Taking a look at the recent versions, from 7.0 to 7.4, PHP is totally focused on new features and making developers’ life more comfortable. It started to remove old syntax by adding symmetric array destructuring — no need to use list() function anymore. The focus on OOP has been extended with the addition of parameter type widening, object type hinting, typed properties, and type variance.

We can observe PHP’s maturity by also looking into the future. PHP8 is expected to deliver a JIT (just-in-time) compiler. JIT is the only way that PHP can get a boost of performance from now on, as many optimization strategies have been exhausted. But JIT will also allow the PHP language to be compiled and used outside WEB applications and thus paving the way for more enterprise applications.

Business trends reveal how a programming language is valued on the market. The popularity and maturity are defined by the supply and demand of developers, active positions and open applications, the number of open-source projects, and community support. I have included 4 data sets below, trends on StackOverflow, activity on Github, new positions opened in the UK, and average salaries in the UK. Looking at one single metric doesn’t reveal much, but combining all of it and comparing it with other programming languages should give us a good picture. I included data from the UK (excluding London) because it’s one of the few data sets that I found reliable and consistent.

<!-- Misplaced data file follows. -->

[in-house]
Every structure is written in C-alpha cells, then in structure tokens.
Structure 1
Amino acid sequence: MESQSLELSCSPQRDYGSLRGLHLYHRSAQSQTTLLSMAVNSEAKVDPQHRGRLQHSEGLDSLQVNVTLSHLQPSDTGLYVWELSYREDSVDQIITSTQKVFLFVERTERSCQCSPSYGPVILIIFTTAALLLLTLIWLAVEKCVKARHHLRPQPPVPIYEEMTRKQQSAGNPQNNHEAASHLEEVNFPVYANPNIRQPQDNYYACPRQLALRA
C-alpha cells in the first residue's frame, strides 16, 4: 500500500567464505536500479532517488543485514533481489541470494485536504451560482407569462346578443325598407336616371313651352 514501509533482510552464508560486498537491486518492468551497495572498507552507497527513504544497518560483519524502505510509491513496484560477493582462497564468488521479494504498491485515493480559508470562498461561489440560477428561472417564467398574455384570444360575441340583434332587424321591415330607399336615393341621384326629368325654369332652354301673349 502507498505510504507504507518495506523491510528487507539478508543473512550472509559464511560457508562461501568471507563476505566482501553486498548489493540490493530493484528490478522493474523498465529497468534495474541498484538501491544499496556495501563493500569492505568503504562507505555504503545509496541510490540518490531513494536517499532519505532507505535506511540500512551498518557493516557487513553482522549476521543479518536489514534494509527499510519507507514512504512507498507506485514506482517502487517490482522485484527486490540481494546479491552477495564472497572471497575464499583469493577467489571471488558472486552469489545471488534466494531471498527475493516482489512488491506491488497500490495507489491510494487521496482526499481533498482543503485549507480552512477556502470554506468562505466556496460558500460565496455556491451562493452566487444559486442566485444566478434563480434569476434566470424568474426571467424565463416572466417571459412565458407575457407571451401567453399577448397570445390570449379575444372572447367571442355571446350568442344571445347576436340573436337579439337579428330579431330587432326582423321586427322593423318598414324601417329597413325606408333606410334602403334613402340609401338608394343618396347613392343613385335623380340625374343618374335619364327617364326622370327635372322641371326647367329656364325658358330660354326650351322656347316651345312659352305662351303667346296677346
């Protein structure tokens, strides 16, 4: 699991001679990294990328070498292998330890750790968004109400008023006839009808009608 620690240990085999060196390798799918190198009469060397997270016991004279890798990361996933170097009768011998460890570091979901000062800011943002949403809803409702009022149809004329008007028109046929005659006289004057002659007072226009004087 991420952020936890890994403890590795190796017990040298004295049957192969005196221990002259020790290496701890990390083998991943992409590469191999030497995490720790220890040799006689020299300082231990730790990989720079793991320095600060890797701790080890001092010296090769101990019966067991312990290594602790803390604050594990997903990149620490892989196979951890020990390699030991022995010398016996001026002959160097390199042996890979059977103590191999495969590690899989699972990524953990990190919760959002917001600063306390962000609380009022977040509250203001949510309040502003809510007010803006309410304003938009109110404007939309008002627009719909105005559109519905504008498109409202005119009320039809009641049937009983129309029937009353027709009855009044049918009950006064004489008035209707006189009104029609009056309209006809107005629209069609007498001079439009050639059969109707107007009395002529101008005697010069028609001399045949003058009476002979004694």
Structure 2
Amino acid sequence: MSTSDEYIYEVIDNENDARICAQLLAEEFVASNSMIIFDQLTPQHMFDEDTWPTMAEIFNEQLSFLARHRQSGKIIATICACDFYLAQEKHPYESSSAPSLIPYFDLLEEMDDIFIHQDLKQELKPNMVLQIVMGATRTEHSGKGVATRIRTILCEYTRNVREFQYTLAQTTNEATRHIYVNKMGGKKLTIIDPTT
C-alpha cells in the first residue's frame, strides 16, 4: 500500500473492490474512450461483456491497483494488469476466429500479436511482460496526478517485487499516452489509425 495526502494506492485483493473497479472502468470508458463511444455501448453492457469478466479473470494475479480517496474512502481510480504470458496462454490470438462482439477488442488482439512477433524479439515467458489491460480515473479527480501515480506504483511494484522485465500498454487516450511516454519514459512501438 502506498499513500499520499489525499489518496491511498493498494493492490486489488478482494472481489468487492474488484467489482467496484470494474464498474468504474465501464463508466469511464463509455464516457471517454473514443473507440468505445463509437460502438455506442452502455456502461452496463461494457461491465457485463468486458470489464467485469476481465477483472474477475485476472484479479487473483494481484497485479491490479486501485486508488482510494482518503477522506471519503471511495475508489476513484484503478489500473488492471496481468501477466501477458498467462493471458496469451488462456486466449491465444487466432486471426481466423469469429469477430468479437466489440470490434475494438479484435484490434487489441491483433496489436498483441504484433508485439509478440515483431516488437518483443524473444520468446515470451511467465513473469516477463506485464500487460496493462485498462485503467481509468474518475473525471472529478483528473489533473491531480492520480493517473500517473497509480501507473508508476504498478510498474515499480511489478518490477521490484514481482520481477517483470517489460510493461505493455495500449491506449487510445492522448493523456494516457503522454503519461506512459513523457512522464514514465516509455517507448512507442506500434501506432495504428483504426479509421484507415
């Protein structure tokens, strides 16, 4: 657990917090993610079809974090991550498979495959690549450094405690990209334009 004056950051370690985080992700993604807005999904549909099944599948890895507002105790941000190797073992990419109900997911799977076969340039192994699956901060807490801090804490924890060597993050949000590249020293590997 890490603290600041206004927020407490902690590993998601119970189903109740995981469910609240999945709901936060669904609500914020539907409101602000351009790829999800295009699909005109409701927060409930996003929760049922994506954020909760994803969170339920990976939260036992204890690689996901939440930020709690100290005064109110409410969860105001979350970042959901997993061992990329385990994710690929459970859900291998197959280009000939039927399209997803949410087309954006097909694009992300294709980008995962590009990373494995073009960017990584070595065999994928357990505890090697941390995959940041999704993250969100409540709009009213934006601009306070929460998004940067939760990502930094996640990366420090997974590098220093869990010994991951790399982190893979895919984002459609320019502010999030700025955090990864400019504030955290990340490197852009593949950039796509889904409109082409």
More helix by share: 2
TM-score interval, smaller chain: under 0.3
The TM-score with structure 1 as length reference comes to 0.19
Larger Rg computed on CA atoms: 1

StackOverflow has a section on its website called “Trends”, which presents how tags have been used over the years. Multiple programming languages can be compared to the interface. Growing usage of a tag means that people need information for that programming language and are adding questions for it. Compared to Java and Python, PHP had a significant decline in the last four years, although it seems to have stabilized in recent months. It can mean that fewer people are adding questions for the language, maybe because there is proper documentation already in place or fewer people are trying to learn.

Github provides metrics related to its platform at The popularity of programming languages is the most crucial metric there. It measures what programming language is the most popular by repository contributors. PHP has remained constant throughout the years, which means that the community is stable and consistent in providing support and using PHP. Combining this metric with the downtrend on StackOverflow, we can see that not only is the community stable, but also effective and productive in providing useful documentation and solving bugs and issues. A stable open-source community is a clear sign of PHP being a mature programming language in this area.